Andy Richter might not be the ideal second banana: he has so many credits that don't involve second-bananahood that you might not even know he's done over two thousand shows with Conan O'Brien. (Compare this record to, say, that of Ed McMahon, who was always Ed McMahon even if he was hawking some tchotchke on The Garage Sale Channel.) Wikipedia lists Richter as a contributor to the genre of "cringe comedy," which they define thusly:

The protagonists are typically egotists who overstep the boundaries of political correctness and break social norms. Then the comedy will attack the protagonist by not letting them become aware of their self-centered view, or by making them oblivious to the ego-deflation that the comedy deals them. Sometimes, however, an unlikable protagonist may not suffer any consequences, which violates our moral expectations, and also make the audience cringe.

But if you find Andy Richter unlikeable, well, so does he:

This description could also apply to me, with one notable exception: I'm quite a bit older. Were there a Misery Continuum, we'd probably fall somewhere between Joe Btfsplk and Eeyore.

I didn't hand my life over to the pillmakers until I was 35. Still, "decades" applies. And I am not so sanguine about therapy: I talk for most of an hour, I write a check, and for the rest of the week I wonder just what the hell I said. Then again, I have had only five sessions since resuming the practice earlier this year. And the therapist seems to think I respond more readily to the couch than to the tablets, though I can't swear that I'm reading her correctly. (No, not that kind of couch. What are you thinking?) I suspect I'd resist cognitive therapy, perhaps the way Andy seems to:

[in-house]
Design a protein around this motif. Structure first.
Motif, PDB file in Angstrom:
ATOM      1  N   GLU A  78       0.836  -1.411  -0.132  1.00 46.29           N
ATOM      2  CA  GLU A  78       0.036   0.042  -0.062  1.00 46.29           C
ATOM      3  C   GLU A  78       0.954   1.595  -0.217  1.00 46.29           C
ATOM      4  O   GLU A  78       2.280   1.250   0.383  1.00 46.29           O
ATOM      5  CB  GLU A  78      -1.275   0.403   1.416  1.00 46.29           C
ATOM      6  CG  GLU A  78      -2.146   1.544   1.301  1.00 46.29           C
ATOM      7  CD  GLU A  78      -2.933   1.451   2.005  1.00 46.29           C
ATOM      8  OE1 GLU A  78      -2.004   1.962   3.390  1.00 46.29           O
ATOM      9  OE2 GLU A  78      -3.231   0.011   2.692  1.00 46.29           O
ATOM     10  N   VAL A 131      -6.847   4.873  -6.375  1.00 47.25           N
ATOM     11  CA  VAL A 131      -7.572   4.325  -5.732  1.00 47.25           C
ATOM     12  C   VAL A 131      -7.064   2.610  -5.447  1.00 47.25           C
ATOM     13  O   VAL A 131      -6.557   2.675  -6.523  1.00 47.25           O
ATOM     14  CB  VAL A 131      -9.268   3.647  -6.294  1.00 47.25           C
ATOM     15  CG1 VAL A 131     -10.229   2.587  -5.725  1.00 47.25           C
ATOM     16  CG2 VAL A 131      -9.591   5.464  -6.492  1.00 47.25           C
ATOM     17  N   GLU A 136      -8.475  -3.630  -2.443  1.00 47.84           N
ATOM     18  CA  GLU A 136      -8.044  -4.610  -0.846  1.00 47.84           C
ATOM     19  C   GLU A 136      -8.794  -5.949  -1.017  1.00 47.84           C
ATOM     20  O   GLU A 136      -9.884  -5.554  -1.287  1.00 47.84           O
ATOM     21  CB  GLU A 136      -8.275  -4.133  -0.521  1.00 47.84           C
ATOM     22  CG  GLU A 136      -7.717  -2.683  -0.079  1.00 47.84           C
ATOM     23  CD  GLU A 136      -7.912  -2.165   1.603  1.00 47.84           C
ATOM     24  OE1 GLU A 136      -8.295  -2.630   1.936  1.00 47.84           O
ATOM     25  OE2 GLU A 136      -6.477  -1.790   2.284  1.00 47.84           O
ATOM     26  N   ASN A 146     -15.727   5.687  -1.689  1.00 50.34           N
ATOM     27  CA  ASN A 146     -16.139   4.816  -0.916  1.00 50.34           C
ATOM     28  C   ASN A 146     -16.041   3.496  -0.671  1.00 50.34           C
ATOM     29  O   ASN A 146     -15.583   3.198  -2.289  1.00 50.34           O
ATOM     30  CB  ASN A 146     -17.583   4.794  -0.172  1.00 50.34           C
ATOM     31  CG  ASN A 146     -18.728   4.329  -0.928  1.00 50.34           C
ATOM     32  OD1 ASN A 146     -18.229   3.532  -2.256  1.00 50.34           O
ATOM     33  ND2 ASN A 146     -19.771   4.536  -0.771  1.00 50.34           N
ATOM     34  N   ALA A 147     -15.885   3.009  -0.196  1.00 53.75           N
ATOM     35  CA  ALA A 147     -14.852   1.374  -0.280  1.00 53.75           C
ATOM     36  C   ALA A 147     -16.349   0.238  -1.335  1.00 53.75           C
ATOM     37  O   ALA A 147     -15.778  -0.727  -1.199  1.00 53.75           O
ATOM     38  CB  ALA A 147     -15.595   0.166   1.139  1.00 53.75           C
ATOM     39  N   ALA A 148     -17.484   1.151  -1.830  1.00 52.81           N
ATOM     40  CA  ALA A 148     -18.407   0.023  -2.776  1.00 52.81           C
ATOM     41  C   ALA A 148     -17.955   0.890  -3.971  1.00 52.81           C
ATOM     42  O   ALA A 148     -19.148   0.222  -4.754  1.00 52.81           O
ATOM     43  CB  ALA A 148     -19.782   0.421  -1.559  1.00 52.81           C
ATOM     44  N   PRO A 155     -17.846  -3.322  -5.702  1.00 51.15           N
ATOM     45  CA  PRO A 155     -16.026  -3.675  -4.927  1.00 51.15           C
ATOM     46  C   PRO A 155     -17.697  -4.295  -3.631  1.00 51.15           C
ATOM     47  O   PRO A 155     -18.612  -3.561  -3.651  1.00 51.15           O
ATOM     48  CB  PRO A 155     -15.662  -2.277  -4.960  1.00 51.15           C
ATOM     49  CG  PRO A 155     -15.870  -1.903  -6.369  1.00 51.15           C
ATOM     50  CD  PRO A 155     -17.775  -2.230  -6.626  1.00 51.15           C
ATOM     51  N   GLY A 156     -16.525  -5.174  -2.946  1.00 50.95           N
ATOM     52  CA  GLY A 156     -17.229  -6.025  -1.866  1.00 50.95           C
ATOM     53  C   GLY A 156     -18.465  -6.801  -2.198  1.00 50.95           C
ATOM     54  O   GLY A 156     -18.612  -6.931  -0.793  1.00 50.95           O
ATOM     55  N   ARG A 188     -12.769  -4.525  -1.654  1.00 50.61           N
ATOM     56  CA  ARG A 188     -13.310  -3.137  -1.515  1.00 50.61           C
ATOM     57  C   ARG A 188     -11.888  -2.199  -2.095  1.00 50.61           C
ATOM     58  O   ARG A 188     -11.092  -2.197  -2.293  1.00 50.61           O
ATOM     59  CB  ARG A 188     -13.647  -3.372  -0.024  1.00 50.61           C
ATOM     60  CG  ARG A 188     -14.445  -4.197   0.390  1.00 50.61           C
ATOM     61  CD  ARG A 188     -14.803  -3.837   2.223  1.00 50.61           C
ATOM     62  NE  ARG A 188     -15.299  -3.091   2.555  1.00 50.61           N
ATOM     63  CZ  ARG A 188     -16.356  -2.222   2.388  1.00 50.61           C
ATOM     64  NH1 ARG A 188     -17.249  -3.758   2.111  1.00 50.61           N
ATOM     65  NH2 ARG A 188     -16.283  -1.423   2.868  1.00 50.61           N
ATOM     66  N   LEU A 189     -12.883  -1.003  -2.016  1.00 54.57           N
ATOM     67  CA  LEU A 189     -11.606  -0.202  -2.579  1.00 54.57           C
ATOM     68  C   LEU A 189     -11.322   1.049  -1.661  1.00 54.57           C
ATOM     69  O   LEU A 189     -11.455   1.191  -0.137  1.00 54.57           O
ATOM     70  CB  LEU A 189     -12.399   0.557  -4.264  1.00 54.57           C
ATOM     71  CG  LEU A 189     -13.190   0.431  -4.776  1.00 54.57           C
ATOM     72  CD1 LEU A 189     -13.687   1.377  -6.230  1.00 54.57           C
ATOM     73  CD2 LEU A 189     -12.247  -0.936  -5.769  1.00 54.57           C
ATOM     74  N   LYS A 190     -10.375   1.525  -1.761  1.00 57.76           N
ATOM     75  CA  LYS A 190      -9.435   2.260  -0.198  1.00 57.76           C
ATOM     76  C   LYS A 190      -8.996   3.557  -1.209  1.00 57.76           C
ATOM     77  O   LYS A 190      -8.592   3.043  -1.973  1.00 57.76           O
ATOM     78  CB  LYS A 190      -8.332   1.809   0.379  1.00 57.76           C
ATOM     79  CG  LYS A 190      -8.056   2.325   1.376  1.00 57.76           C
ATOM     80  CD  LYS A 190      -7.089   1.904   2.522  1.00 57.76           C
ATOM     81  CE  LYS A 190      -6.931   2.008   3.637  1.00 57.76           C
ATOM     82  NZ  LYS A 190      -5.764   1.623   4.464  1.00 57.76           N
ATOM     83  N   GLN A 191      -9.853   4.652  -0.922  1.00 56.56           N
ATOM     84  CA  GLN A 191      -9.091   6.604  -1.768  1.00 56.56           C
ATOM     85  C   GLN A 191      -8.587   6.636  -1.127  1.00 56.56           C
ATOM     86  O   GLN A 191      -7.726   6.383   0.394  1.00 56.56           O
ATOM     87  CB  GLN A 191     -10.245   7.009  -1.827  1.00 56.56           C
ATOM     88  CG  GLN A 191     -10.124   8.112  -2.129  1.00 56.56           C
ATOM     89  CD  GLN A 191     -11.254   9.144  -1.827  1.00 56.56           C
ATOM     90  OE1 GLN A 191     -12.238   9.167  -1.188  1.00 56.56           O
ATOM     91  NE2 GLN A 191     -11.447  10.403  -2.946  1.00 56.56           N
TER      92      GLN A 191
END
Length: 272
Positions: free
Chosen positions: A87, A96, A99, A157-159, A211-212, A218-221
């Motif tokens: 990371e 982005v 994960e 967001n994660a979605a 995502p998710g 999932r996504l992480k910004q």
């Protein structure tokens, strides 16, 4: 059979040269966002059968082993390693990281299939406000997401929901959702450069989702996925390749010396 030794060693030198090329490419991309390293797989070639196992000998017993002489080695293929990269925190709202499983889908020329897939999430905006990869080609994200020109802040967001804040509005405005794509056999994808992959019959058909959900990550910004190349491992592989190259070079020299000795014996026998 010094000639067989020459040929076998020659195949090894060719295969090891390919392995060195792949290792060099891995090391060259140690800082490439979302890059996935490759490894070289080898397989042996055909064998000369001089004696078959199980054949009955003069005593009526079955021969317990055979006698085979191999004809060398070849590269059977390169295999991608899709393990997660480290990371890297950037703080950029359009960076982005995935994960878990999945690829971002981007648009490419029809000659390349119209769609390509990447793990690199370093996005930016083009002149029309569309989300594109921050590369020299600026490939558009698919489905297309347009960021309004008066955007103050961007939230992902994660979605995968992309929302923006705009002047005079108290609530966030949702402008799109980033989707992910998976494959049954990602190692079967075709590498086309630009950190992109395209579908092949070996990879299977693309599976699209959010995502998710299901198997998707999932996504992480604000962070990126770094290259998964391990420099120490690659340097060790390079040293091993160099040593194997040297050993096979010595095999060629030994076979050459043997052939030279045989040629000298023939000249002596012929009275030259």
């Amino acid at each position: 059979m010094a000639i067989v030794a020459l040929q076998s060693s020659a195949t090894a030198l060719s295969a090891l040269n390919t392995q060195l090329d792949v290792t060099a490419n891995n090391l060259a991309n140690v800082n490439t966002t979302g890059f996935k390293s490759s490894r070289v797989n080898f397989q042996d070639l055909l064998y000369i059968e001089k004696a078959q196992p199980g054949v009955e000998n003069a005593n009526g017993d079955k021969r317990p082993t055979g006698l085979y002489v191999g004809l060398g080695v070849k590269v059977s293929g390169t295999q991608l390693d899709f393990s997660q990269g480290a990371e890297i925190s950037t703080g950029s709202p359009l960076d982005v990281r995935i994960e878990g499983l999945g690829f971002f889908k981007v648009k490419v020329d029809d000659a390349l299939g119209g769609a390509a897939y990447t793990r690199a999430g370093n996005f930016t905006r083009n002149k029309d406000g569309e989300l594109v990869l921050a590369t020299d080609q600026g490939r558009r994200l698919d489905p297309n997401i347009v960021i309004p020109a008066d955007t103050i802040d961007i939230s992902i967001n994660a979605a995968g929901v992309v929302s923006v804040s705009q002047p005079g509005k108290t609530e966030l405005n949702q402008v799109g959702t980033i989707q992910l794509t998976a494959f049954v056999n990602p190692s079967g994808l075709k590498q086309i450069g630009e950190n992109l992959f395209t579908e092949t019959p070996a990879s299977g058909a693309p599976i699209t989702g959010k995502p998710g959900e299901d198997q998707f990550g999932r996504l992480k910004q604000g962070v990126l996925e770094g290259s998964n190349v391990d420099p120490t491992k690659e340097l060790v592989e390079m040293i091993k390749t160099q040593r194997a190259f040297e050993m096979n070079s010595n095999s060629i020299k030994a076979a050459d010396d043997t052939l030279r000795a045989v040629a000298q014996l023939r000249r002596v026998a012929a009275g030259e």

"Unlucky" suggests a point on the scale closer to Joe Btfsplk, though what would you expect? Joe Btfsplk is the greatest jinx the world has ever known, surpassing even whoever picks the covers for Sports Illustrated. And I don't think of myself as being particularly unfortunate, although both the wrong place and the wrong time seem to summon my presence with disturbing frequency. One or the other may bring me a respite or a kindness — or they may not; one inevitable consequence of living a long time is that you're going to be wrong. A lot.

The Vent

  18 November 2017

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